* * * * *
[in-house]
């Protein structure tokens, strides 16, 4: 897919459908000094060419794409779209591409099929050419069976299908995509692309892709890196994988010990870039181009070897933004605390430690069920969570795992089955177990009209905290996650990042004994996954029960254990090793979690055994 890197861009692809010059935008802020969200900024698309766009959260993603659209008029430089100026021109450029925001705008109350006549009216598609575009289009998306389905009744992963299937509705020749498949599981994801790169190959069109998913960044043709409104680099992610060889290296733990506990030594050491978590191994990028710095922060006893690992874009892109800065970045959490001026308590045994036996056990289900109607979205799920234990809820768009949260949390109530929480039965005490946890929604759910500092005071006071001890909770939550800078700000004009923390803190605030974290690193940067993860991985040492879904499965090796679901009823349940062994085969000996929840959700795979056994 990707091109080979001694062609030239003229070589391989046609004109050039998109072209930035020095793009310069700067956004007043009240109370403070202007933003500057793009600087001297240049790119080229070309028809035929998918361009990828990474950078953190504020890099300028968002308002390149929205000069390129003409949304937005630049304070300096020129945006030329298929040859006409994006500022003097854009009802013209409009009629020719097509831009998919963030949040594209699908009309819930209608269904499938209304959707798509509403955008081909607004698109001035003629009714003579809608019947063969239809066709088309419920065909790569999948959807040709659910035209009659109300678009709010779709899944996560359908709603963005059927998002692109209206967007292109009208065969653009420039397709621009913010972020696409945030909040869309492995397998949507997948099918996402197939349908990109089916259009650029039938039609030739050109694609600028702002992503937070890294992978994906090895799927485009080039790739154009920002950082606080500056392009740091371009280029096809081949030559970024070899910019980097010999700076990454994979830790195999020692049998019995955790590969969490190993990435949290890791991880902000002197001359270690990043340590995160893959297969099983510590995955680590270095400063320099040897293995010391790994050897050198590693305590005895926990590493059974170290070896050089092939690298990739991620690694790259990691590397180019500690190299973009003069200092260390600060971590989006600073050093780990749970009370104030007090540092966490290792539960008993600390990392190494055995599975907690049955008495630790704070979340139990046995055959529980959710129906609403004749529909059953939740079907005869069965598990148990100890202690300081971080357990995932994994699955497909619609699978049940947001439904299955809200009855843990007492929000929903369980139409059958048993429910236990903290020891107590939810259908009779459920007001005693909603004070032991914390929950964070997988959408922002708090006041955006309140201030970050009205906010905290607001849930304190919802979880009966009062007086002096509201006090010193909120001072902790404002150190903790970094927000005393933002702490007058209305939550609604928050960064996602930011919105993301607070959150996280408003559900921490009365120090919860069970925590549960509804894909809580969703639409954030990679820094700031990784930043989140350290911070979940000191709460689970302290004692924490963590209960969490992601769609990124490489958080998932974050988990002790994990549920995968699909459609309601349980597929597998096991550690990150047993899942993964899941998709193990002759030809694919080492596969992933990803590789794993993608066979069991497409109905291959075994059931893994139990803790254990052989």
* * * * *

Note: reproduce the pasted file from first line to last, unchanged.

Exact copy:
[in-house]
């Protein structure tokens, strides 16, 4: 897919459908000094060419794409779209591409099929050419069976299908995509692309892709890196994988010990870039181009070897933004605390430690069920969570795992089955177990009209905290996650990042004994996954029960254990090793979690055994 890197861009692809010059935008802020969200900024698309766009959260993603659209008029430089100026021109450029925001705008109350006549009216598609575009289009998306389905009744992963299937509705020749498949599981994801790169190959069109998913960044043709409104680099992610060889290296733990506990030594050491978590191994990028710095922060006893690992874009892109800065970045959490001026308590045994036996056990289900109607979205799920234990809820768009949260949390109530929480039965005490946890929604759910500092005071006071001890909770939550800078700000004009923390803190605030974290690193940067993860991985040492879904499965090796679901009823349940062994085969000996929840959700795979056994 990707091109080979001694062609030239003229070589391989046609004109050039998109072209930035020095793009310069700067956004007043009240109370403070202007933003500057793009600087001297240049790119080229070309028809035929998918361009990828990474950078953190504020890099300028968002308002390149929205000069390129003409949304937005630049304070300096020129945006030329298929040859006409994006500022003097854009009802013209409009009629020719097509831009998919963030949040594209699908009309819930209608269904499938209304959707798509509403955008081909607004698109001035003629009714003579809608019947063969239809066709088309419920065909790569999948959807040709659910035209009659109300678009709010779709899944996560359908709603963005059927998002692109209206967007292109009208065969653009420039397709621009913010972020696409945030909040869309492995397998949507997948099918996402197939349908990109089916259009650029039938039609030739050109694609600028702002992503937070890294992978994906090895799927485009080039790739154009920002950082606080500056392009740091371009280029096809081949030559970024070899910019980097010999700076990454994979830790195999020692049998019995955790590969969490190993990435949290890791991880902000002197001359270690990043340590995160893959297969099983510590995955680590270095400063320099040897293995010391790994050897050198590693305590005895926990590493059974170290070896050089092939690298990739991620690694790259990691590397180019500690190299973009003069200092260390600060971590989006600073050093780990749970009370104030007090540092966490290792539960008993600390990392190494055995599975907690049955008495630790704070979340139990046995055959529980959710129906609403004749529909059953939740079907005869069965598990148990100890202690300081971080357990995932994994699955497909619609699978049940947001439904299955809200009855843990007492929000929903369980139409059958048993429910236990903290020891107590939810259908009779459920007001005693909603004070032991914390929950964070997988959408922002708090006041955006309140201030970050009205906010905290607001849930304190919802979880009966009062007086002096509201006090010193909120001072902790404002150190903790970094927000005393933002702490007058209305939550609604928050960064996602930011919105993301607070959150996280408003559900921490009365120090919860069970925590549960509804894909809580969703639409954030990679820094700031990784930043989140350290911070979940000191709460689970302290004692924490963590209960969490992601769609990124490489958080998932974050988990002790994990549920995968699909459609309601349980597929597998096991550690990150047993899942993964899941998709193990002759030809694919080492596969992933990803590789794993993608066979069991497409109905291959075994059931893994139990803790254990052989």